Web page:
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  1. #11
    I see what you mean...

    This doesn't look half bad for £72, UK stock, it has the closed loop but not the 3 phase.

    Click image for larger version. 

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    Slightly naughty testing at 48V when they suggest 36V typical but good enough.

    0.8Nm falling to 0.5Nm at 25 rps, I could get anywhere in the machine envelope in just 12 seconds. Maybe faster, they say it can do twice that before it clacks out.

    Next question, three 36V 5A PSU's or one 15A?

  2. #12
    I would guess they suggest 36V to allow for back EMF from the motor and variations in mains voltage when using an unregulated supply, which could momentarily bump it up by 10 volts or so. If you were running at 48V nominal with a 50V drive then that would make 58V which would quite possibly fry the drive, though you can add a clamp circuit to prevent this.

  3. #13
    The best solution for these low voltage drives would be a regulated (switched mode) power supply combined with a clamp circuit. That way you could safely operate a 48V drive at around 45V or so, to exploit the higher speed capability to the full. I haven't seen a clamp circuit available or in use (haven't been looking, mind) - is there something readily available on the market?

    It tends to be periods of rapid deceleration that result in overvoltage due to regeneration of the kinetic energy back into the DC bus. One simpler option might be to limit the deceleration setting (or acceleration if not controlled independently). That way you could run fast rapids as long as your e-stop didn't try to force a quicker stop.

  4. #14
    Good point. I just ordered 3 of the next size up and a 36V15A power supply
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    The extra Amp to compensate for the lower voltage
    The hasty purchase because we may be entering interesting times...

  5. #15
    Muzzer you jumped in while I was in mid-reply...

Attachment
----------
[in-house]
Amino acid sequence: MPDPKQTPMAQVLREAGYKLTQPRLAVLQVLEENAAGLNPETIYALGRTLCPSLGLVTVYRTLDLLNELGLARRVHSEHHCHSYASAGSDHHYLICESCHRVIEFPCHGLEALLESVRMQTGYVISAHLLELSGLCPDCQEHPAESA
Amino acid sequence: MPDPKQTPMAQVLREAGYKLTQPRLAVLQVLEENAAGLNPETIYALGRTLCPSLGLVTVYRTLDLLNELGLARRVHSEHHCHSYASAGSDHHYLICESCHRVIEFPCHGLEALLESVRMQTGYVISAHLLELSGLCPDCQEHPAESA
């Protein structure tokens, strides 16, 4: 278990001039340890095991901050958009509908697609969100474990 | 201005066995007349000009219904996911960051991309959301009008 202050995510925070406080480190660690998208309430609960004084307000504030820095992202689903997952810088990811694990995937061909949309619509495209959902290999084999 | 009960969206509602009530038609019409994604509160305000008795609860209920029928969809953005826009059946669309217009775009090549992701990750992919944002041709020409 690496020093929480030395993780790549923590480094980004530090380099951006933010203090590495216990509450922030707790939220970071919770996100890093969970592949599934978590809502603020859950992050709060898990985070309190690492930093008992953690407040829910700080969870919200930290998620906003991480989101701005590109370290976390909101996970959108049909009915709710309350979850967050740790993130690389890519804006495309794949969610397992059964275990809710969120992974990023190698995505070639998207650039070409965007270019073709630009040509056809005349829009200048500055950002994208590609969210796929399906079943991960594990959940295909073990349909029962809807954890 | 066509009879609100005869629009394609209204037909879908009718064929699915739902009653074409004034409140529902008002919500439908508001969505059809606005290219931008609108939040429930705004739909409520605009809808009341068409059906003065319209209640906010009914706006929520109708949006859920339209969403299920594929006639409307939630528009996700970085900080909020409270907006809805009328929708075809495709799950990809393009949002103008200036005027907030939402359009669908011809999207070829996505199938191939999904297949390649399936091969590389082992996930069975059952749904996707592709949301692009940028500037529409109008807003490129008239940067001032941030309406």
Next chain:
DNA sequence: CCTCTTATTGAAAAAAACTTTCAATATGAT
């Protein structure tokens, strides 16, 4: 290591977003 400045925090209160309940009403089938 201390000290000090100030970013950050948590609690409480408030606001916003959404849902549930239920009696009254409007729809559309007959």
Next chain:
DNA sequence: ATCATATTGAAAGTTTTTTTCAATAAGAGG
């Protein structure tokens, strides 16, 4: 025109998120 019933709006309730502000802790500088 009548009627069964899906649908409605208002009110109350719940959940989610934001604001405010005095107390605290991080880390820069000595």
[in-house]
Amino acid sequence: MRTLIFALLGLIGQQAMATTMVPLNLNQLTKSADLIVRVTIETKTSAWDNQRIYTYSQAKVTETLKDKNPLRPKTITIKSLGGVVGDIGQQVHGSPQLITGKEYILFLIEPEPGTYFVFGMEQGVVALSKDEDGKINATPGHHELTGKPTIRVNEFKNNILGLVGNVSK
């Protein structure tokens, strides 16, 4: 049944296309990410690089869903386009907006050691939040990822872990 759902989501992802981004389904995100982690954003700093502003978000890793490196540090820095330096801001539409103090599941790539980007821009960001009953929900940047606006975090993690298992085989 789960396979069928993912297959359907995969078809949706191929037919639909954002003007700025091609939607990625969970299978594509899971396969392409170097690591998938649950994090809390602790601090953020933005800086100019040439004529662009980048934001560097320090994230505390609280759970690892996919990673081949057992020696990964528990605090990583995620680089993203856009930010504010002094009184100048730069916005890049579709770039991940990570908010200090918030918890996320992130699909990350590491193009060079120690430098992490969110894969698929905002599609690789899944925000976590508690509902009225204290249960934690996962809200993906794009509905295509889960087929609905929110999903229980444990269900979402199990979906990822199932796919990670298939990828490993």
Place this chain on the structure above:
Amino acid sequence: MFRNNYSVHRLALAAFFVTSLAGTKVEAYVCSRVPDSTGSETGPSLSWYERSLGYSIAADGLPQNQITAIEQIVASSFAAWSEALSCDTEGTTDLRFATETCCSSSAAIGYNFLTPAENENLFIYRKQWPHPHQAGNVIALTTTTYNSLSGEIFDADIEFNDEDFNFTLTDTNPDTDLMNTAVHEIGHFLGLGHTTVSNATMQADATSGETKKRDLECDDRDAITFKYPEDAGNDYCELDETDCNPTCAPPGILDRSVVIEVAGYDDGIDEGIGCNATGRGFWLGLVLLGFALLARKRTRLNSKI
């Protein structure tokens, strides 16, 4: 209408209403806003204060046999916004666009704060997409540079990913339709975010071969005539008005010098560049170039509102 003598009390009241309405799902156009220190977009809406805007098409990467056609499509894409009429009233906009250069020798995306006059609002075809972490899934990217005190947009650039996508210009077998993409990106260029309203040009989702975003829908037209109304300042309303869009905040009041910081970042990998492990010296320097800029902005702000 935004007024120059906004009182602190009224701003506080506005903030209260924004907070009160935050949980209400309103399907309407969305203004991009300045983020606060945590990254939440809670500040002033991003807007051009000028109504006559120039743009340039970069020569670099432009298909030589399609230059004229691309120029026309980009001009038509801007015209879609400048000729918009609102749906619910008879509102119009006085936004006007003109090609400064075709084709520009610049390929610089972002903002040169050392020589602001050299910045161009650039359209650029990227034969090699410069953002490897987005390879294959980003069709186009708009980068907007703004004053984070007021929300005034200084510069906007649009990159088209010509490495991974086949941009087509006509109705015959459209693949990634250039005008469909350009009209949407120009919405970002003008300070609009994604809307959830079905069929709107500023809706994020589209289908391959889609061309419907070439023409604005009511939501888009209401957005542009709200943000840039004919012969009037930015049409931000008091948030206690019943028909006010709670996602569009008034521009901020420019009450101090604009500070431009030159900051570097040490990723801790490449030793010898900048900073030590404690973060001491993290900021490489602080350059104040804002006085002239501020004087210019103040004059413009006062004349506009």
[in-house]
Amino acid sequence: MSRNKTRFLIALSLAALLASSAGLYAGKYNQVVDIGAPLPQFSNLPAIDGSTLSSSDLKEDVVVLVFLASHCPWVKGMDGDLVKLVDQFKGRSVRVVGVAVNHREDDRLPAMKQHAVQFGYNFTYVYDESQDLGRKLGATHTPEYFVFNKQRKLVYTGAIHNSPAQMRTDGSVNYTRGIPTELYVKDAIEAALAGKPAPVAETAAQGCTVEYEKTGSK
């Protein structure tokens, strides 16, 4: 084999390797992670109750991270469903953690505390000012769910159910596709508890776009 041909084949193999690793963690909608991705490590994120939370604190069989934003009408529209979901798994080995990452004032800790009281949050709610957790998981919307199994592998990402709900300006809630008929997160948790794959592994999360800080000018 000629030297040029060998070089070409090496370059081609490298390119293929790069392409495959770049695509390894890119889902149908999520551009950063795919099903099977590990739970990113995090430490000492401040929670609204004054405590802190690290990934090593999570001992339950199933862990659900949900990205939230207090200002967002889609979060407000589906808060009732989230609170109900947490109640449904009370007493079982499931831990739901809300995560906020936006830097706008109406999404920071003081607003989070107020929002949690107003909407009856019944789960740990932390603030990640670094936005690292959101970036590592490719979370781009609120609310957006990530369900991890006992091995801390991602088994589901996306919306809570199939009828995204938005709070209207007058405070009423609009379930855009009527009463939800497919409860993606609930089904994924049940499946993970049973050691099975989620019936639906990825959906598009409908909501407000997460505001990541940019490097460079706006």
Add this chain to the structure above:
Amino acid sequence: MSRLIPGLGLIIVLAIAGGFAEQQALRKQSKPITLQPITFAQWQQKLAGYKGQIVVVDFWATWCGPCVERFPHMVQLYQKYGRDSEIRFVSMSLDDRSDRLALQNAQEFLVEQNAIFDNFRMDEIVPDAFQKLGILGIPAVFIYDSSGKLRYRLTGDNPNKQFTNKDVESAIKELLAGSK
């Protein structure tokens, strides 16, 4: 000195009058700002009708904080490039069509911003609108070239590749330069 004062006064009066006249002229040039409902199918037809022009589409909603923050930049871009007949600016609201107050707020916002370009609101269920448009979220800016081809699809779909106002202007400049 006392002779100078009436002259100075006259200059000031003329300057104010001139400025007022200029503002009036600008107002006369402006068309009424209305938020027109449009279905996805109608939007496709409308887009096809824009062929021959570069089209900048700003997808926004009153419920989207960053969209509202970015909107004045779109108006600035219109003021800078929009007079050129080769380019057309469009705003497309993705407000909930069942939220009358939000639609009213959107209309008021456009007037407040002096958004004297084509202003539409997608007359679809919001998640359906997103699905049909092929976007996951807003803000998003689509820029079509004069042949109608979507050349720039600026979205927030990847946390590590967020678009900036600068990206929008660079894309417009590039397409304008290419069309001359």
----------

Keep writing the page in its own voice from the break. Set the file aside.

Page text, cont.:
I shall start at 36V and if that's not enough then 48V and clamps it is.
    When you say clamp is this the infamous crowbar circuit with a fat DIAC hard across the PSU to blow the fuse?

  6. #16
    No, I'm thinking of the "chopping / braking resistor" concept. Acts like a giant zener diode. Usually they have a switching transistor and a low value resistor. Once the voltage exceeds a threshold, the PWM duty cycles increases over a 5-10V band. That's the mechanism used within VFDs and servo drives but they are also available as standalone "braking units".

    CNCdrive do one, although I had to repair the one I bought after it broke down across one of the insulators. A lot of the compts we use on our systems are little more than hobby grade - along with the low price you have to expect questionable quality or design and manufacture.

    A big f*** off zener diode would do the trick but it's not very sophisticated and choice is rather limited.

  7. #17
    I couldn't find one so made my own - like you say a big fat switching transistor and a big (100W IIRC) wirewound resistor - I'll PM you the circuit if you want.

  8. #18
    You can even use a hysteretic controller where the switch turns on above a high threshold and stays on until it falls to a low threshold. Can be implemented with just one comparator. As long as the switch is turned on and off cleanly, it doesn't care - and as long as the resistor value is low enough it will control the transients when they occur.

    I suspect for most of our machines, the resistor would barely get warm. An LED would be a useful indicator to give some idea if it actually does anything. I might try that on mine some day - it needn't be much more than a resistor and LED across the braking resistor.

  9. #19
    Genuine interest... why not a TVS/MOV device? (I can guess at tolerance/variance at the switching voltage - but that is just a guess).

  10. #20
    Yes, usually the combination of the limited number of nominal voltages and the tolerance. They aren't too bad actually but you may struggle to find a voltage that is much above 36V but safely below the max allowable voltage for the drive. I'd be more confident in MOV than a TVS but that probably won't make much difference here. They are both deadly fast, so speed isn't an issue.

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